Introduction to Fleas
Every pet owner understands the discomfort that can be caused by having fleas in the home. Fleas enter the home most commonly by feeding on dogs and cats, but humans can also be a host for the parasitic creatures. Having a flea-free home involves some understanding of how fleas thrive and reproduce.
Fleas are small, wingless insects which range from 0.08 to 0.17 inches long (2 to 4 mm) and are narrow when they are not feeding. Their bodies are covered with backward-facing spines which make them difficult to remove from the fur, hair, or feathers of the host animal. Fleas feed on blood, causing discomfort to the humans or animals on which they feed, especially those who have developed an allergy to flea bites.
Female fleas lay around 200 to 400 eggs on a host animal or on other surfaces. The eggs hatch into flea larvae, which resemble maggots. These larvae feed on various types of organic matter, including the feces of adult fleas. The larvae are also notoriously difficult to remove from the home, as they make their way deep into crevices of flooring and carpets. The fleas then pupate and emerge as adult fleas.
Adult fleas make up a very small amount of the total flea population - about 5%. This means that for every adult flea you see, there are likely 19 eggs, larvae or cocoons around. The fleas, in each stage of their life cycle, can usually be found in your pet's bed and immediate environment, but can make their way around your entire home.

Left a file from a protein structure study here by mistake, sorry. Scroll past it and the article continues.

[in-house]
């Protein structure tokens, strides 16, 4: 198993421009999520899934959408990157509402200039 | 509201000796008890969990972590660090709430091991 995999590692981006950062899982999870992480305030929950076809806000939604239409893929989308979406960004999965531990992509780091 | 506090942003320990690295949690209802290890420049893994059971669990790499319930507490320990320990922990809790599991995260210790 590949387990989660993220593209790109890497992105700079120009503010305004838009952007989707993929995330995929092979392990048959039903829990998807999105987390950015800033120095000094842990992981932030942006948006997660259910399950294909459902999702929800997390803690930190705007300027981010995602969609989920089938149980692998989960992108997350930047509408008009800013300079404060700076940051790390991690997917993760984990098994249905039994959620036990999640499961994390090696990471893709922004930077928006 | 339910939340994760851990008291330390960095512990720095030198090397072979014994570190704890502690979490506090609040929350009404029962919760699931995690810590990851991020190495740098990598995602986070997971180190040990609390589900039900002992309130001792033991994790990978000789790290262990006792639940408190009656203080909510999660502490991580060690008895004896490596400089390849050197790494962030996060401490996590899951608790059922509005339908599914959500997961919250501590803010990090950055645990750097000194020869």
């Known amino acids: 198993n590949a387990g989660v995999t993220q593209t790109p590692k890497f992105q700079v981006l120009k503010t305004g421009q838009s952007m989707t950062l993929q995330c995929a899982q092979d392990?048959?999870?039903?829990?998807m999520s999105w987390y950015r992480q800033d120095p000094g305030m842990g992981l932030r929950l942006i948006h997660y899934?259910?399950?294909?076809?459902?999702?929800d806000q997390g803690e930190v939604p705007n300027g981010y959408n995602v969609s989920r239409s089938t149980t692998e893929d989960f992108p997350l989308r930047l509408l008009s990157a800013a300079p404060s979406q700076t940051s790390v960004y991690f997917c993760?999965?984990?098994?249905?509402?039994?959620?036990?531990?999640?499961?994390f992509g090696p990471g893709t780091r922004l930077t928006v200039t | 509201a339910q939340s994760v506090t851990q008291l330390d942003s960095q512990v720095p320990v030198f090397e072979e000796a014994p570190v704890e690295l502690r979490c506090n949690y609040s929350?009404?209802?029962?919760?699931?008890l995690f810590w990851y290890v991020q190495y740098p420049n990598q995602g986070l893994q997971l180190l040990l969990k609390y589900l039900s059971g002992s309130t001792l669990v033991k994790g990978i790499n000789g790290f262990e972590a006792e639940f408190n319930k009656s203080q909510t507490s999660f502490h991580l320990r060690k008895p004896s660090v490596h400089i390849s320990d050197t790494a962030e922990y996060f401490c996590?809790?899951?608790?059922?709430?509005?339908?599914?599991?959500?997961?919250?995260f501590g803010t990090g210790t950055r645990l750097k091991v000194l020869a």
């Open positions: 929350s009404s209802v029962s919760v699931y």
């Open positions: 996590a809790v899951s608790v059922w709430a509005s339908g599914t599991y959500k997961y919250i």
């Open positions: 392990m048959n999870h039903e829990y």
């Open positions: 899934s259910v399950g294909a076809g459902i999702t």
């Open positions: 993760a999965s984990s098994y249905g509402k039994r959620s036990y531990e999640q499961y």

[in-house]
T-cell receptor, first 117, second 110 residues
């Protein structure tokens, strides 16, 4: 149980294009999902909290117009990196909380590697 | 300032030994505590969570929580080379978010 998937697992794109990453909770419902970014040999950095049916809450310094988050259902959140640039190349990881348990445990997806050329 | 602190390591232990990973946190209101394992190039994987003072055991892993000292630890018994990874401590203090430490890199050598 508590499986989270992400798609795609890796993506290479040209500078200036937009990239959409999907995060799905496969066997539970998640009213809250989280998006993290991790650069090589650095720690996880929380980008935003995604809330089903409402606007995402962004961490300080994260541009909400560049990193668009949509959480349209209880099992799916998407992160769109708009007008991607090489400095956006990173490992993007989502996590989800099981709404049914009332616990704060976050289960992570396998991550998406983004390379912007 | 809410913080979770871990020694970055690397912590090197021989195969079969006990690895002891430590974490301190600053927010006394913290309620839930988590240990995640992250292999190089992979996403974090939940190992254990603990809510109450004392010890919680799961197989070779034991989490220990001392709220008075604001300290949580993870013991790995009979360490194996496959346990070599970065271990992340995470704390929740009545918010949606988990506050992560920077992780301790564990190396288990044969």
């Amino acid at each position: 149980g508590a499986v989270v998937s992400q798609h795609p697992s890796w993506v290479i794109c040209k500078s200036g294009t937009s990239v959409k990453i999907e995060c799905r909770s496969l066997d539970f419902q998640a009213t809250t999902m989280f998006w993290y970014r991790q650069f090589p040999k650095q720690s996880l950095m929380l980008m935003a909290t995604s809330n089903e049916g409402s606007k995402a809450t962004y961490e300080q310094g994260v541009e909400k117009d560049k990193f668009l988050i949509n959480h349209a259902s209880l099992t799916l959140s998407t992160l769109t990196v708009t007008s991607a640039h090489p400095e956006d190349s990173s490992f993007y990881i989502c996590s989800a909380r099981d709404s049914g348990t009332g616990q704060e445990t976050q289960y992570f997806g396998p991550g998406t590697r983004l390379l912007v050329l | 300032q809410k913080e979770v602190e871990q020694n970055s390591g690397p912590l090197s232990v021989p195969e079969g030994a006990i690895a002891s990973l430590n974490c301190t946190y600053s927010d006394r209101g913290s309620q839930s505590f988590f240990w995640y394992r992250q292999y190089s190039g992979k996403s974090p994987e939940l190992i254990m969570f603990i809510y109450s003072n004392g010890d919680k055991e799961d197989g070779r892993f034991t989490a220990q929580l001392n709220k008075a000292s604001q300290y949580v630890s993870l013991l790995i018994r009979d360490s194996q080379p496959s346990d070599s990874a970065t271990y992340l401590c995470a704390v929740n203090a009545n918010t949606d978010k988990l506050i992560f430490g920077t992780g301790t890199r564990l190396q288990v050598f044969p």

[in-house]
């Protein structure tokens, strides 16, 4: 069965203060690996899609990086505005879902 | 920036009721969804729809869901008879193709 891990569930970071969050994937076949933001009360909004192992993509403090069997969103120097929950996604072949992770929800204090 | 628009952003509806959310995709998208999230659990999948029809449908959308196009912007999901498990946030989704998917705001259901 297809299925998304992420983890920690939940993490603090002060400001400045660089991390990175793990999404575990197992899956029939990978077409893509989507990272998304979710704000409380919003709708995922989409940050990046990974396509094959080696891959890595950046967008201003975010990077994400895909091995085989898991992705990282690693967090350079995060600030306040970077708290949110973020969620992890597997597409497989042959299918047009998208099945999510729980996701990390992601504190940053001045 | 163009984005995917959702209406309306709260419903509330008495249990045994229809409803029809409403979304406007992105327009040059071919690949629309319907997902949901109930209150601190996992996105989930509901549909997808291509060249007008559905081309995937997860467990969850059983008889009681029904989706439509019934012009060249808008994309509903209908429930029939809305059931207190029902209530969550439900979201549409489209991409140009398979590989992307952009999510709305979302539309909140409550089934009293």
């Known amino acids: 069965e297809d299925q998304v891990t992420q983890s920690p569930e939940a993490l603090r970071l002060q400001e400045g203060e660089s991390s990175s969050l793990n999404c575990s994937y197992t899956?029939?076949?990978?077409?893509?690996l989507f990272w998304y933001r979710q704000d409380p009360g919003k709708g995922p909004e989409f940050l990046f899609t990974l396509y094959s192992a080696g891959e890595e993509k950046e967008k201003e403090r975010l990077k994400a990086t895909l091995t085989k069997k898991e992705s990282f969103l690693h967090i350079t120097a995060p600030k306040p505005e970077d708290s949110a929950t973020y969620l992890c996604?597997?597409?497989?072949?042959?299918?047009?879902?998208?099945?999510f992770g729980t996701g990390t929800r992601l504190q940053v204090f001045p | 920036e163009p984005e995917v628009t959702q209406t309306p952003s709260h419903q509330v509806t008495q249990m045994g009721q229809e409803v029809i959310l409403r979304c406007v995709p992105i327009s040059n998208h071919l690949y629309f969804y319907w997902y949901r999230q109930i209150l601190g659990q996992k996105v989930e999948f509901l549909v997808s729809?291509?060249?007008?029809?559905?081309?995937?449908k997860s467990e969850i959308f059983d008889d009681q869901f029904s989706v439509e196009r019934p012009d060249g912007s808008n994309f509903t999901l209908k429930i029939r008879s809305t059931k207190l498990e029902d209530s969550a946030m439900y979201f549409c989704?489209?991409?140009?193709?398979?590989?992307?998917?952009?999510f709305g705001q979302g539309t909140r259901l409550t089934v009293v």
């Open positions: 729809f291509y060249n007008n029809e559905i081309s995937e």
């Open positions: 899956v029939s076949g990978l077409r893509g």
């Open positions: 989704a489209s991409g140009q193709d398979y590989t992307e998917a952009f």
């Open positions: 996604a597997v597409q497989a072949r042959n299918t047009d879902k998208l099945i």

When ridding your house of fleas, you must tackle each life stage. First of all, sweep, vacuum, dust, and mop frequently in all areas of your home, especially the areas frequented by dogs or cats. Eggs are generally laid on the animal and fall off as he or she moves. Pets should be treated, preferably with a flea treatment which kills fleas and makes them unable to reproduce. These insect growth regulators are often mixed with an insecticide, to kill fleas in all stages of their lives. Adult fleas can be removed from pets by flea baths and flea combs.
Citrus sprays are available which contain linalool or limonene and can be sprayed on rugs, furniture, and carpeting. These sprays kill adult fleas but do not offer much protection against flea larvae and eggs. Boron-based products are available which kill immature fleas but not adult fleas. Pyriproxyfen and methoprene sprays control fleas in all stages of life. Most of these products require follow up treatments a week later to completely wipe out the flea population.
Alternative flea treatments include diatomaceous earth, which causes the fleas to become dehydrated and die. Diatomaceous earth can be sprinkled around the house and vacuumed up after about a week. Dried pennyroyal can also be used as a natural form of flea control, as can cedar chips, although these are not as strong as commercial flea treatments. If you find yourself getting bitten by fleas, the bites on humans can be treated with hydrocortisone cream or any another anti-itch product.
Written by Bronwyn Harris
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